Tuesday, December 26, 2006

Even Bush PR Machine Now Stumbling

You cannot repair a series of blunders by following them with more blunders but there are signs that's exactly what Bush plans to do in Iraq. 'Surge' is just the latest of Bush's jargon words that will not win the war. If we add another twenty to thirty thousand troops, that will still not reach the maximum number of troops we have had in Iraq earlier in the war, particularly if we include all the contractors and all the coalition forces. This is about public relations and a desperate president trying to save face. It is not about sound policy. The consequence is that our nation and our foreign policy will only be further damaged, and that does not include the loss of more lives and the growing cost of the war, a cost, by the way that the president refuses to acknowledge.

But this is not December of 2005; it's December of 2006 and there's been a change of late. The media isn't jumping every time Bush waves his arms or every time his handlers bark at the media these days. And that too is a sign of another problem that is further damaging our nation, a problem that Bush barely seems to acknowledge: the president has no credibililty.

Slowly coming to terms with the incompetence of the Bush Administration should not have taken the media four years. MissLaura of Daily Kos has some thoughts on the situation that now exists as Bush 'decides' on his next move:
It seems like there's always a three-step process to George W. Bush being seen as weak: After it's well-established on blogs and the like that he's screwing up on a particular topic and things are going to go badly, his poll numbers drop, showing unpopularity nationally. Then, at some later point, if we're lucky, the big media narrative catches up to the reality that he's screwing up and is unpopular. That particular narrative does appear to be emerging on the question of how Bush will interpret what Democratic victories in November mean about the voters' will for Iraq.

I would add one step before the blogs in the process mentioned above and that's the experts and rational career people who couldn't quite get their message across to the media, even if their stories sometimes appeared in the back pages of major newspapers; these are the people who know that what the president says doesn't always match the reality, and that the president's tough talk is too often not matched by the competence necessary to understand and implement various policies. Without the experts and career people, the blogs might not have gotten far (sometimes, in the past, the experts and career people have been wrong, but Bush and his neocon enablers didn't even come close to demonstrating that they themselves knew the answers).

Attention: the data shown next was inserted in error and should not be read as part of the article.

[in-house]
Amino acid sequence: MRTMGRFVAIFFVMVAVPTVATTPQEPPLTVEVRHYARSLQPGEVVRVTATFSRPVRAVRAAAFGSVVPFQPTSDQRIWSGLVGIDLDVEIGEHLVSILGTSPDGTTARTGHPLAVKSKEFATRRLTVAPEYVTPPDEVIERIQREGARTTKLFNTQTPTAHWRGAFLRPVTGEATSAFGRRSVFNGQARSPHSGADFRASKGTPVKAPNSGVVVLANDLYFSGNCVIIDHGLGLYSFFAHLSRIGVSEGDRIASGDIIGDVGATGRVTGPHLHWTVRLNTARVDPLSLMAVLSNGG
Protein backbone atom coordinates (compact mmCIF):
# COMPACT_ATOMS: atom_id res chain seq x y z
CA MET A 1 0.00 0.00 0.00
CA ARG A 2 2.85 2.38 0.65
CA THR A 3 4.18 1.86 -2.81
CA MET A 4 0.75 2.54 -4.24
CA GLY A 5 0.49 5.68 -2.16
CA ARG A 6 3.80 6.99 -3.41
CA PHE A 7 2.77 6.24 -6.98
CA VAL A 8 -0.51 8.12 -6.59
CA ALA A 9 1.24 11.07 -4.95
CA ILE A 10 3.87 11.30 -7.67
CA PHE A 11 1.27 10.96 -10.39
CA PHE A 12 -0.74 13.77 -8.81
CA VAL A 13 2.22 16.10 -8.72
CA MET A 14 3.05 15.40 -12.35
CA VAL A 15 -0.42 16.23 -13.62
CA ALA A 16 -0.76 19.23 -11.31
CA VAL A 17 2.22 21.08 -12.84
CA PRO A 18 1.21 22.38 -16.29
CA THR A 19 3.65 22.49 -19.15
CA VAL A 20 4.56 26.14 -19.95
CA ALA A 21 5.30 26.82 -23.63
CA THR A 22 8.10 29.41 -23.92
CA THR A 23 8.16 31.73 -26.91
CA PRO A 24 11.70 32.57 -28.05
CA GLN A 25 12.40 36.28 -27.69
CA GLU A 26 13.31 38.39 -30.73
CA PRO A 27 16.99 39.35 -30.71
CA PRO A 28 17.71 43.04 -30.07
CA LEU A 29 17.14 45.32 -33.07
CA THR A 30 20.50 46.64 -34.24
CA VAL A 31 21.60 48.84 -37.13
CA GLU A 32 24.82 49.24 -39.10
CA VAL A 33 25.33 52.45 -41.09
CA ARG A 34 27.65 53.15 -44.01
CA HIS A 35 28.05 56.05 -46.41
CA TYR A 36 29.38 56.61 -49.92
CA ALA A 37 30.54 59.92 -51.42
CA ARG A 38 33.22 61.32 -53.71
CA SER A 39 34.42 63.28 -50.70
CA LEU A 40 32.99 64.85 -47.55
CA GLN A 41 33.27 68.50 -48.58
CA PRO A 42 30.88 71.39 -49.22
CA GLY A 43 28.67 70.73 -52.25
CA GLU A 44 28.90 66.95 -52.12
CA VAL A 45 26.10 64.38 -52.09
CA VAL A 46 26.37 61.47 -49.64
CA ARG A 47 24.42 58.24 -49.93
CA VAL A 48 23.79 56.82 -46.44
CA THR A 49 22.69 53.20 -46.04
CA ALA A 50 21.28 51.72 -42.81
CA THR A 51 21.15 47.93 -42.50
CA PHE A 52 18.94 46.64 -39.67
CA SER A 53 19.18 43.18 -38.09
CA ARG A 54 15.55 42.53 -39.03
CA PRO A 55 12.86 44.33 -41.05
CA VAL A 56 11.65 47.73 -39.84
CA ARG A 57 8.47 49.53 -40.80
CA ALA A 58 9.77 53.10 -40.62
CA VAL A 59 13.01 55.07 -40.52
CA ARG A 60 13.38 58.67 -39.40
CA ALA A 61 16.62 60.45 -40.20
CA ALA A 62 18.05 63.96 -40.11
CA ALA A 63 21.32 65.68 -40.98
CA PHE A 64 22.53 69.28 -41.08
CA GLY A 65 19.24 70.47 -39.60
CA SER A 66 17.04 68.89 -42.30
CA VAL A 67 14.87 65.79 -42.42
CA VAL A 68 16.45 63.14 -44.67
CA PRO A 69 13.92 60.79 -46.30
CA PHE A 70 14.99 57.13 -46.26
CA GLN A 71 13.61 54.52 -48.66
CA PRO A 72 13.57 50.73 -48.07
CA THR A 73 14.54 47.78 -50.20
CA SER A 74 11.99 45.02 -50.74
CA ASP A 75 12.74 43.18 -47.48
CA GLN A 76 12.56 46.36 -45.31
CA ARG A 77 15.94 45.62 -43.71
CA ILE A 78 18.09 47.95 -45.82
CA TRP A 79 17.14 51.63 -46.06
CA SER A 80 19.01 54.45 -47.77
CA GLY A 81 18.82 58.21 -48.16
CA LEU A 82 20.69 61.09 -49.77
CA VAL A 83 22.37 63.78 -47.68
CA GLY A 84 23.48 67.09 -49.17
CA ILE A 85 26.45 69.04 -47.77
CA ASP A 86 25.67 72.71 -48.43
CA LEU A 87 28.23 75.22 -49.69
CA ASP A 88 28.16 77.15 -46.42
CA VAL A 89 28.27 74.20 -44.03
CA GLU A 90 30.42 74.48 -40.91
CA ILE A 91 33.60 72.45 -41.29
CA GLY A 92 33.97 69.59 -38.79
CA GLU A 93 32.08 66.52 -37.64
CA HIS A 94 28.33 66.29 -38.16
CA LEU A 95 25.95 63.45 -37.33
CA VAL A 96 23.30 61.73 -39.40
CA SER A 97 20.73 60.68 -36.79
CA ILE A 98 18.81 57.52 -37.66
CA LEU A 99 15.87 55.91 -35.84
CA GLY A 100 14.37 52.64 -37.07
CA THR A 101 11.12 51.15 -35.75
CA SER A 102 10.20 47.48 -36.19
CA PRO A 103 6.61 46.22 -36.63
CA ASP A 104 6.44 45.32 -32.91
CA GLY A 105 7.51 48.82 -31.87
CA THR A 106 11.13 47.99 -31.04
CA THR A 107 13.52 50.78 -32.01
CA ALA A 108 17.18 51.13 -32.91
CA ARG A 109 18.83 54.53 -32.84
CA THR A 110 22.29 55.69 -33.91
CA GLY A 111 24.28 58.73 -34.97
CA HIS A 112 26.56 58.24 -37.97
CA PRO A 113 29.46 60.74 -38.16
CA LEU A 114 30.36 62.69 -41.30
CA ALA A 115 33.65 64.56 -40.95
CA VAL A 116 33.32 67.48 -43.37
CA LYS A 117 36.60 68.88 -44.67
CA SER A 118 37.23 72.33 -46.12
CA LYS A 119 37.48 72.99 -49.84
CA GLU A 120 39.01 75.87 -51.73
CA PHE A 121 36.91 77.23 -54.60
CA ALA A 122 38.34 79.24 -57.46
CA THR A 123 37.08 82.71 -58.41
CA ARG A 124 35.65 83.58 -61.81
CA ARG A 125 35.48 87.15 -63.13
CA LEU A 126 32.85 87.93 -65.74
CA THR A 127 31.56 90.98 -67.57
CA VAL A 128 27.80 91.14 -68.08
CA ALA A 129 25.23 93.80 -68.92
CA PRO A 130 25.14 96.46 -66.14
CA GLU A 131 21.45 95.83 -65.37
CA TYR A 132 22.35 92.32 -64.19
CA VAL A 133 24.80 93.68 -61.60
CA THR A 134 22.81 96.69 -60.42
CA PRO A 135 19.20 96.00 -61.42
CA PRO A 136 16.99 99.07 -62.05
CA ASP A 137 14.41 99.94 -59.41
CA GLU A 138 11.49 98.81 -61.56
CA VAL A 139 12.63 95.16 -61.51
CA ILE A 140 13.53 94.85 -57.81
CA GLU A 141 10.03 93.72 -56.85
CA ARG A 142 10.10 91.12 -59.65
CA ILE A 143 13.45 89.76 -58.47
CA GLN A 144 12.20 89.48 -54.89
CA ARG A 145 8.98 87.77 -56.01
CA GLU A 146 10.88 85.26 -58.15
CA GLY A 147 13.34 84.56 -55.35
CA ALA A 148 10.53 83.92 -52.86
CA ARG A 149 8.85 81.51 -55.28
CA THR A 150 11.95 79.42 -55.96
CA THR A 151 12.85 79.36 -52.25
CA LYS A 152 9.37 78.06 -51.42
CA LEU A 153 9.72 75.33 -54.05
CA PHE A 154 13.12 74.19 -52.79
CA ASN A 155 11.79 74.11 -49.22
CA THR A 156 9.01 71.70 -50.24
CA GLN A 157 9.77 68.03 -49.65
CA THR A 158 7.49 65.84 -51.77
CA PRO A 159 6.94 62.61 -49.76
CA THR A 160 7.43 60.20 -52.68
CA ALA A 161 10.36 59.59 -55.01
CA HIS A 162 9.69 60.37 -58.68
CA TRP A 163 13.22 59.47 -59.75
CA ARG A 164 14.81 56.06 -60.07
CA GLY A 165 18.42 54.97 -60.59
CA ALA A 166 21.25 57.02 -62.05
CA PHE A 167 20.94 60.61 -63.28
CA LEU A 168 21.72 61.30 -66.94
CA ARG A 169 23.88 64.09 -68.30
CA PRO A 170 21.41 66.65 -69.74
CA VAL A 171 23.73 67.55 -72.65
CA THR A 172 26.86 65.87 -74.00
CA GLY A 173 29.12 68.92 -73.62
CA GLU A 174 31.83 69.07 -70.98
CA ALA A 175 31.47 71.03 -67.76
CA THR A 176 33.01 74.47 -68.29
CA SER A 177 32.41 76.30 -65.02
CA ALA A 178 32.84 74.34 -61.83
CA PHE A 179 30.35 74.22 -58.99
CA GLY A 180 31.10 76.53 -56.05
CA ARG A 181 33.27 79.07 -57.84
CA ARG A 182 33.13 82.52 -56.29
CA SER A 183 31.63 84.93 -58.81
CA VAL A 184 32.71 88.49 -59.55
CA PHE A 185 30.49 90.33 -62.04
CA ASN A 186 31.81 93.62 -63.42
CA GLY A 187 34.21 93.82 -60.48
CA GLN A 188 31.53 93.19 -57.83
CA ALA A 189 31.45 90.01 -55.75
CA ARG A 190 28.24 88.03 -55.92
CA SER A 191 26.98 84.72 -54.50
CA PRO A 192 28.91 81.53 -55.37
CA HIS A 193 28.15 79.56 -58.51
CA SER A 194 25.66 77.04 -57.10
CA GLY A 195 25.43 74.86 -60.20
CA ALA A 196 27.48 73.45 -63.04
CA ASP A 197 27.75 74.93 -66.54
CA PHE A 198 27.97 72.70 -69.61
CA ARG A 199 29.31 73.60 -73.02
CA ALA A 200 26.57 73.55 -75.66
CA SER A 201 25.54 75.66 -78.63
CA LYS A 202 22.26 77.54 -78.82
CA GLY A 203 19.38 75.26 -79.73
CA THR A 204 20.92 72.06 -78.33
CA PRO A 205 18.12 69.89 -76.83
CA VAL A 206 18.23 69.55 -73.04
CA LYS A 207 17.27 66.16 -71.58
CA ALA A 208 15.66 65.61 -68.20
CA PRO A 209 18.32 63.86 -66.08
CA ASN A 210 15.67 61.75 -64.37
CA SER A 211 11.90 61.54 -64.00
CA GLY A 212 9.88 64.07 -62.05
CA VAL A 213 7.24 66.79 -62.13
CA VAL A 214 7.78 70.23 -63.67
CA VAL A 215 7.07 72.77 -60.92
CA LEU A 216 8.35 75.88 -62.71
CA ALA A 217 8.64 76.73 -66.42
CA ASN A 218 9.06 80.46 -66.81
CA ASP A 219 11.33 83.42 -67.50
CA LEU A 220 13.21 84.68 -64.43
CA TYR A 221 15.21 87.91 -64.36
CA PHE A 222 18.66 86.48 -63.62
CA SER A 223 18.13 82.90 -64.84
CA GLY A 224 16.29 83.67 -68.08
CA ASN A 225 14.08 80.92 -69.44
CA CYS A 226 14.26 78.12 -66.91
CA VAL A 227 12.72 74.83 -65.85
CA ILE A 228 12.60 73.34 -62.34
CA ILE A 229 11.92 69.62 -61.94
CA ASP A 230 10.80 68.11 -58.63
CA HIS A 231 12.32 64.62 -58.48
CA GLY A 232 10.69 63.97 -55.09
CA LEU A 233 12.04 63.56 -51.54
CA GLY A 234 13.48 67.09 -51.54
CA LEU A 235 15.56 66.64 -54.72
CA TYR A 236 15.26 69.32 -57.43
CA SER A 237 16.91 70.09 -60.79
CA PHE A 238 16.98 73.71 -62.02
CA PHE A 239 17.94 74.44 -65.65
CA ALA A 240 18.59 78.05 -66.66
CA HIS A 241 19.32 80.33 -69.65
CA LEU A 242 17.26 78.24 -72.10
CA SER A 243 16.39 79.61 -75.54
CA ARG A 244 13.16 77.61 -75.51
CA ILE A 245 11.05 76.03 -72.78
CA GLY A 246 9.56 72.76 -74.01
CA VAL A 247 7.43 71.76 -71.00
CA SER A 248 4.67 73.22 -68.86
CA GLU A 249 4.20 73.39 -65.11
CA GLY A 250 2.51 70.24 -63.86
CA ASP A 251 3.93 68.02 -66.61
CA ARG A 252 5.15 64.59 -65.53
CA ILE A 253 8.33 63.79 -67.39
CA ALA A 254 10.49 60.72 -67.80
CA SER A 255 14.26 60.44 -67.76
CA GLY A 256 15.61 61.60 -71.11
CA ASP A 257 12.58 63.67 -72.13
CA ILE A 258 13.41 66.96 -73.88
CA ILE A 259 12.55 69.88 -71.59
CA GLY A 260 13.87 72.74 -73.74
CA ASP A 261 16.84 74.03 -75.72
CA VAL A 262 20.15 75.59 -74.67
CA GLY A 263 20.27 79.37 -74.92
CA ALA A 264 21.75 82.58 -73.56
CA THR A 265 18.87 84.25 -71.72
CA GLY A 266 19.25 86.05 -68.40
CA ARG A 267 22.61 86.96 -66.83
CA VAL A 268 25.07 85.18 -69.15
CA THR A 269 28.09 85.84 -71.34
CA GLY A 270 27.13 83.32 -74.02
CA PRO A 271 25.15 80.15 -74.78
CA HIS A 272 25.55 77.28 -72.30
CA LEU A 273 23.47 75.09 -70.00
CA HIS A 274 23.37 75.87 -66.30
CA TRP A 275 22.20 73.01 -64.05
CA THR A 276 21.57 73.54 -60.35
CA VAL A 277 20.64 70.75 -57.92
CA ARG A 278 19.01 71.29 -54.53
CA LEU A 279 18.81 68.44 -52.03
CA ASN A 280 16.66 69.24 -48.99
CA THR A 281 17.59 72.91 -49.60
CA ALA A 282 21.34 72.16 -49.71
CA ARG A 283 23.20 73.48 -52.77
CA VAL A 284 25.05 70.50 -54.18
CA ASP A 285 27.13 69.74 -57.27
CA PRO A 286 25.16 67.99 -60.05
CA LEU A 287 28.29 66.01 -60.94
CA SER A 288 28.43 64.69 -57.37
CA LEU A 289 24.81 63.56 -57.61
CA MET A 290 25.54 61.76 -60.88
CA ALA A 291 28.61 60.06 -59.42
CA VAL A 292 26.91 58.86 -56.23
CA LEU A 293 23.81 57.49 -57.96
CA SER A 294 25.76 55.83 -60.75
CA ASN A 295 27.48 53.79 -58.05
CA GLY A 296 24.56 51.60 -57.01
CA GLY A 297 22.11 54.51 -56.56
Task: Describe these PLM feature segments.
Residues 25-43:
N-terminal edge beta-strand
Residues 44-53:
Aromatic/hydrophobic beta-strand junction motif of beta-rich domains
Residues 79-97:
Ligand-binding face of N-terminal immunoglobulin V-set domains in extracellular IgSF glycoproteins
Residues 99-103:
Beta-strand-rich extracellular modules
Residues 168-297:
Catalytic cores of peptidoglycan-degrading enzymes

After two presidential elections, Americans are learning the hard way that tough talk is worthless if the individual talking tough doesn't know what he's doing or what he's talking about. This doesn't just apply to President Bush; it applies to the Republican Party which has allowed itself to be overwhelmed by right wingers who understand a great deal less than their spokespersons and media coverage would lead us to believe.

Thoughtful conservatives still have a place in American politics but we are witnessing the end of right wing ideology as a political force in our nation; nevertheless, it's going to take a few years yet to play out. A lot will depend on how soon and how quickly a new Republican Party replaces the frauds and the incompetents who have dominated the GOP of late. When the Democrats take their seats in January, there is much they can do. However, at the end of the day the Democrats can only do so much because that is how our constitution is designed.

I expect nothing from hardcore right wing Republicans in Congress except obstruction. But there are enough Republicans in the House and Senate who know better, who know perfectly well that Bush doesn't know what he's doing and that there is a major need for repairs to our government and our foreign policy. The sooner a significant number of Republicans recognize that we have a problem and that they need to join with Democrats, even if just on selected issues, the sooner the crisis in Washington can begin to be resolved and the sooner, I might add, that the Republican can find themselves again.

Bush has the veto. It is very likely that he will use that veto when Democrats try to check his abuse of power. He may even try to use that veto to slowly drag us into a broader war. In critical situations, for the sake of the nation, Republicans are going to have to cross the aisle and vote for a return to sanity. Otherwise, Republican obstructionism may extend the crisis in Washington for another two to four to six years. Those are years as a nation that we cannot afford to waste.

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